For this second transformation leader interview, I met with Lucas den Boer, currently Business Transformation Executive (C-level consultant) at Atos Benelux HQ in Amstelveen just South of Amsterdam. After a short tour through their atrium cafeteria and innovation rooms where they receive their clients for demo, we sat for an hour to discuss his various experiences of large scale transformations.
Throughout the interview, what struck me from this 51 year old man, is that he can clearly express his vision, he has a balanced view on transformation, a good heart, an open mind and a sensitivity for people issues, whilst keeping a strong focus on business. This I call “complexity intelligence”. Through the different experiences he shared, I could confirm this was not all just nice talk, Lucas has a strong sense of purpose and service, especially demonstrated by his involvement in non-profit organisations and projects.
In 1962, Avis facing the giant Hertz was steadily moving out of the market. They pushed back and framed real manifestos devoid of corporate jargon:
I am very much surprised to see many analysts thinking serioulsy that Facebook facing a colossal data-gate, could turn around and suddenly become customer-driven. This doesn’t make a whole lot of sense. Facebook will be Facebook. But to understand that you have to go past obvious solutionism (they should do this or that) and understand that any successful business was born with a powerful DNA.
And you can’t change your DNA.
Continue reading You Can’t Just Decide To Be Customer Driven
For this first in the series of interviews of Transformation Leaders, I interviewed, at Airbus’ Leadership University, Laurent Fradin, Digital Transformation Leader, from the newly created Digital Transformation Office at Airbus.
“[We got the] digital wave in our face… [let’s] surf the wave…”
He calls himself a “communication guy” and has been a digital pioneer bringing new audio visual technologies, intranet, website, client portals to Airbus Communication Department since the 80’s. For Laurent Fradin, digital is key to succeed in the next transformations of the business to support new ways of working, but it is in no way the “alfa and the omega”. According to him, and I couldn’t agree more, it is more about culture and mindset change than about the tools and technologies. And he says it quite clearly: “[it is] more an Airbus transformation powered by digital than digital transformation for the sake of digital”.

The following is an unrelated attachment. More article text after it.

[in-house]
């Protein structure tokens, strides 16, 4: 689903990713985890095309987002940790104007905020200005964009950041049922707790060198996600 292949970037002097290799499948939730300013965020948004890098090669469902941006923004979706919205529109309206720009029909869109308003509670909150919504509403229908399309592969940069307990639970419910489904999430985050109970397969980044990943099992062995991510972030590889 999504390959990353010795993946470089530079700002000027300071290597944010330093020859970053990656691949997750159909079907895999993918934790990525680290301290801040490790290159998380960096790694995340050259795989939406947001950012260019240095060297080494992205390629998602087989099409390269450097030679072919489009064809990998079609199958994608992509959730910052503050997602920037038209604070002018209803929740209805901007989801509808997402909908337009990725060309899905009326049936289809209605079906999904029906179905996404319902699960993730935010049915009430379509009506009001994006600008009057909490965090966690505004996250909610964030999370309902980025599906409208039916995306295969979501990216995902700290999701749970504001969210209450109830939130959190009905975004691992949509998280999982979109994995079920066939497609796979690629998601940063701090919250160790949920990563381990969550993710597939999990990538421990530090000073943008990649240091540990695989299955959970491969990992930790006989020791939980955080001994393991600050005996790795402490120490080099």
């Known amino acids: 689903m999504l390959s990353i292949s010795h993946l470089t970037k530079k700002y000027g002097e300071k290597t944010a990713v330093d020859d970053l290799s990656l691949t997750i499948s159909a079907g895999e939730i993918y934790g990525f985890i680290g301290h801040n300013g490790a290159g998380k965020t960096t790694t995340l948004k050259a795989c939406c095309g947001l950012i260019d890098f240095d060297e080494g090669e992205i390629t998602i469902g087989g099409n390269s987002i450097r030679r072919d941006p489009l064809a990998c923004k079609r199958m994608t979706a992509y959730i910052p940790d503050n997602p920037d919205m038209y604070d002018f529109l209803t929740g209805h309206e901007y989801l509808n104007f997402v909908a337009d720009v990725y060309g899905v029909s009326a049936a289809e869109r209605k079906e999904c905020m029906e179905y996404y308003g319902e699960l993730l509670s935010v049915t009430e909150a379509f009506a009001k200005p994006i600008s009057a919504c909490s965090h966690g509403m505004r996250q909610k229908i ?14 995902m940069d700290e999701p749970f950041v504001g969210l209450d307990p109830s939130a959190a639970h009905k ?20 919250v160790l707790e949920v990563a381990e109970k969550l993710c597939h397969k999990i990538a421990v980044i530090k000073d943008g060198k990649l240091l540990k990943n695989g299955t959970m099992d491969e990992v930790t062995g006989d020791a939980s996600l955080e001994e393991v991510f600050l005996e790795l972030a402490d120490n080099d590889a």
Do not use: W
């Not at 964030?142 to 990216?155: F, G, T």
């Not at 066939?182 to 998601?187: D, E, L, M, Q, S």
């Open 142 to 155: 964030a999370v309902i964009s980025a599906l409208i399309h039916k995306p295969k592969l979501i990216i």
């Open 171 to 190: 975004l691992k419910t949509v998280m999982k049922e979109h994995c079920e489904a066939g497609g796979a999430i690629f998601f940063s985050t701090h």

I was presenting a keynote called “Digital Is Over” last week in France. The key discussion was that France (let’s say Europe at this point) had largely missed the digital revolution, but that this is not the end of the world. With just a big “IF”. It’s not the end of the world, if Europe faces the reality of digital markets dominated by US companies, if Europe stops pretending to have the most and the best startups on the planet, and a few other things…
As announced last month, the white paper Mentoring by FabMob (La Fabrique des Mobilités) an organisation aiming to facilitate learning and innovation for actors of the mobility sector, is finally available for all to download (those who read French anyway for now). Here is a short summary of key points. Continue reading Mentoring by FabMob – download the white paper